But Carbondale got in motion. Social media exploded. All Easter week PKs and other members of Tim’s community gathered. Friday night WDBX held a fundraiser for Tim’s 5-year-old son. We met in our living room on Monday; on Tuesday Council members spoke during Council Comments; on Wednesday, April 6, a group of SIUC’s black student leaders met to address violence at black events and racism on campus.

What to do?

We discussed two major issues in our living room: large parties and events that erupt in violence and mayhem, and nuisance houses in residential areas that bleed violence and crime into the surrounding neighborhood.

We need different – but overlapping – tools to address the different situations.

Parties and events

Strong coordination between the City and SIUC, and especially the department that oversees fraternities and sororities, is needed to address large parties and unruly student behavior. Event and party hosts need to know Carbondale’s laws; the police need to be able to quickly determine who is hosting the party or event; and they need to be proactive – with foot patrols – in making clear that people attending the events should enjoy themselves, but stay within the law.

Violent crime in neighborhoods

Cities around the country, faced with high crime apartment complexes and neighborhoods, have enacted a wide variety of “Good Neighbor” codes aimed at making housing safe.

One foundation for safe housing requires rental units to be physically safe for their tenants. With its strong housing codes, Carbondale does a good job of making sure landlords provide housing that is physically safe. A few tweaks could enhance tenant safety – for example, require working lights over every exterior entrance and in common hallways. In some areas enforcement could be more reliable – as in the city’s requirement that house numbers be clearly visible – something not enforced at 402 West Walnut and elsewhere.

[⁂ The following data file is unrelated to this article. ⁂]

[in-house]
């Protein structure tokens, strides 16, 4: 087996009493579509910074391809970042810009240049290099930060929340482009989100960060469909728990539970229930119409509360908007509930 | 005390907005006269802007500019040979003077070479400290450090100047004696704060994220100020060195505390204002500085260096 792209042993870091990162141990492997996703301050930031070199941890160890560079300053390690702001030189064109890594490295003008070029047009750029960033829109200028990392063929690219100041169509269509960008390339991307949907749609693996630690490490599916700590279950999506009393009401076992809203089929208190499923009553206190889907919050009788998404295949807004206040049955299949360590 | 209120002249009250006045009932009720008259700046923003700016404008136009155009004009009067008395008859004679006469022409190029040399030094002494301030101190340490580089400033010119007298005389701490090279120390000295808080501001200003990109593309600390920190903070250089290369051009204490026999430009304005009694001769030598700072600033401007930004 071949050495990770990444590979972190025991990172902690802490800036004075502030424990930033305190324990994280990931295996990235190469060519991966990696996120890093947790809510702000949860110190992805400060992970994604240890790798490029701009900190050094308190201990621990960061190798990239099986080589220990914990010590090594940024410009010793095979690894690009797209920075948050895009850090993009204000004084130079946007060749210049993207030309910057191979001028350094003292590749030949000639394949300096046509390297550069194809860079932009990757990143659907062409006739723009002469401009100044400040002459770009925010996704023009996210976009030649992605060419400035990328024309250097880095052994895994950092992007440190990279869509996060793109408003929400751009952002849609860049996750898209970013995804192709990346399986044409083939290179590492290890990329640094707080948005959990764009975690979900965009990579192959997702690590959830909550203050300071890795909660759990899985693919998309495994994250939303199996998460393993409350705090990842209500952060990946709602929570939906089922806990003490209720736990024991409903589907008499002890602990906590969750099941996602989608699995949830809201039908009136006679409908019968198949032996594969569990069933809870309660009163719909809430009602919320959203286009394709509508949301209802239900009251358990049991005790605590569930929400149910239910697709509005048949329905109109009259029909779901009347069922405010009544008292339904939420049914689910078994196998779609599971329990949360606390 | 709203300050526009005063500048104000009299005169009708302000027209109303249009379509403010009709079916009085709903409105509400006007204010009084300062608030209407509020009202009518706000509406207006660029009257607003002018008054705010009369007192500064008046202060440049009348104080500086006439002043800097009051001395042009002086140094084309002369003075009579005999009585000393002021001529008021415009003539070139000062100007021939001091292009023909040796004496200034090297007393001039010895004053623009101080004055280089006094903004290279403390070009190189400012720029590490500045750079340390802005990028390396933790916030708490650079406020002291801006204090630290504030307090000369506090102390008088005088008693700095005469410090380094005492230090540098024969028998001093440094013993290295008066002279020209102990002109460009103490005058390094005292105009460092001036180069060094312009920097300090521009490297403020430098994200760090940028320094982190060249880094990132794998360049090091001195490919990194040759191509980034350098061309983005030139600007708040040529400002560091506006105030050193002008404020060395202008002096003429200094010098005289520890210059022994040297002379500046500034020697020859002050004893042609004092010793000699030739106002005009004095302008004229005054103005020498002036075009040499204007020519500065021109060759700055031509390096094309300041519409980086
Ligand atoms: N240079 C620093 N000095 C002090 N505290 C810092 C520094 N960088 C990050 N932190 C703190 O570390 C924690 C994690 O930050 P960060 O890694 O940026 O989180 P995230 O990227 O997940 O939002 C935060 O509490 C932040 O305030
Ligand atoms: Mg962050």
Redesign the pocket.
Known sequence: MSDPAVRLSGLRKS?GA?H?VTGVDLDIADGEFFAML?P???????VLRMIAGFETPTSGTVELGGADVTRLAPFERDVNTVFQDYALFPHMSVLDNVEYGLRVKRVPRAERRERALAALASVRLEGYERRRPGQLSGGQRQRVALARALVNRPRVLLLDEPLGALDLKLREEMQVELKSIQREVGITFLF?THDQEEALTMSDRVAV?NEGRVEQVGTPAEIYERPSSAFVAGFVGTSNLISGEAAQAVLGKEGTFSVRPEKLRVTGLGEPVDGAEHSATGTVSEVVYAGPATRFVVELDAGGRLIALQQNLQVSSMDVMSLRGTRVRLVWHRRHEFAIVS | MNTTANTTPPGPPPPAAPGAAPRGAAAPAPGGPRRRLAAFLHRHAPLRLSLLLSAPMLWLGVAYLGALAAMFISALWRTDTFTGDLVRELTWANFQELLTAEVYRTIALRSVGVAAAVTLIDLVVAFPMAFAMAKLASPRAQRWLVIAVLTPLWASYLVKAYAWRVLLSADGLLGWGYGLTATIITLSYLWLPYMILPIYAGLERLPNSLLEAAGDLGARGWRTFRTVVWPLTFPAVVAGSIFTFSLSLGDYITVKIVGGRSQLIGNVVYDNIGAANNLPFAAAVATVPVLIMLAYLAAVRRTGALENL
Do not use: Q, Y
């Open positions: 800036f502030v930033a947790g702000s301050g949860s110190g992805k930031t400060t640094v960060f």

The other foundation is helping landlords make sure they deliver a safe product to their customers – their renters. Carbondale does a poor job of this.

We own rental property in Carbondale. I can say in my lease that loud all-night parties, drug dealing, and other illegal behavior are grounds for eviction. But, unless I have knowledge of police contacts, I won’t be able to determine if my tenants are engaged in illegal activities.

Set up a system to quickly notify landlords any time a rental unit has a call for service to the police.

Some of the city’s most dangerous properties are apartment complexes owned by absentee landlords. For these landlords, we need the ability to declare high crime units “nuisances” by strengthening our nuisance codes.

Currently, if a property endangers the health, life, or safety of a tenant, the City will immediately post it as uninhabitable. The tenants must move out, and it cannot again be rented until the necessary repairs are made.

We need similar teeth to shut down units that are unsafe for the surrounding residents. Until the nuisance is abated, the unit cannot be rented.

These simple measures: Coordination between the City and SIUC to establish a strong and consistent “party policy,” landlord and manager notification of police contacts with their properties, and posting of nuisance properties will go a long way to assure students and others that they can rent a unit that is safe, and to decrease crime in our community.

Bring your concerns and ideas and come to the Community Forum April 21, 6:00-8:00 p.m., Civic Center/City Hall.